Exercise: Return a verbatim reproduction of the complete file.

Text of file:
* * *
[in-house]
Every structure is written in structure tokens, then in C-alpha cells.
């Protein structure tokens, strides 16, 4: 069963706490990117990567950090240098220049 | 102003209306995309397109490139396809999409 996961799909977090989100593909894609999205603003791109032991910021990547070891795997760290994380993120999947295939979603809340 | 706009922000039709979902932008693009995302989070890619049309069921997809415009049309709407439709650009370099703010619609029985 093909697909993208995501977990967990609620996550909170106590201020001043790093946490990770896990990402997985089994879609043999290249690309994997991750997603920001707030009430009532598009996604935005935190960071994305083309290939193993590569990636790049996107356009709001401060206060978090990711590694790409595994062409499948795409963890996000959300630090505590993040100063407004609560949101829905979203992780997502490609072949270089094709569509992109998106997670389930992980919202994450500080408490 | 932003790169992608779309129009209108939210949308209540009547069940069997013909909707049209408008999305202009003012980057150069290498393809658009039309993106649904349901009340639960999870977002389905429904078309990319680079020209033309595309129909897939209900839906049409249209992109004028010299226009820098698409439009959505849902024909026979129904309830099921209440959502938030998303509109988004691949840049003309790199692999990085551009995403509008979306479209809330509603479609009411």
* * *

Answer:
[in-house]
Every structure is written in structure tokens, then in C-alpha cells.
């Protein structure tokens, strides 16, 4: 069963706490990117990567950090240098220049 | 102003209306995309397109490139396809999409 996961799909977090989100593909894609999205603003791109032991910021990547070891795997760290994380993120999947295939979603809340 | 706009922000039709979902932008693009995302989070890619049309069921997809415009049309709407439709650009370099703010619609029985 093909697909993208995501977990967990609620996550909170106590201020001043790093946490990770896990990402997985089994879609043999290249690309994997991750997603920001707030009430009532598009996604935005935190960071994305083309290939193993590569990636790049996107356009709001401060206060978090990711590694790409595994062409499948795409963890996000959300630090505590993040100063407004609560949101829905979203992780997502490609072949270089094709569509992109998106997670389930992980919202994450500080408490 | 932003790169992608779309129009209108939210949308209540009547069940069997013909909707049209408008999305202009003012980057150069290498393809658009039309993106649904349901009340639960999870977002389905429904078309990319680079020209033309595309129909897939209900839906049409249209992109004028010299226009820098698409439009959505849902024909026979129904309830099921209440959502938030998303509109988004691949840049003309790199692999990085551009995403509008979306479209809330509603479609009411």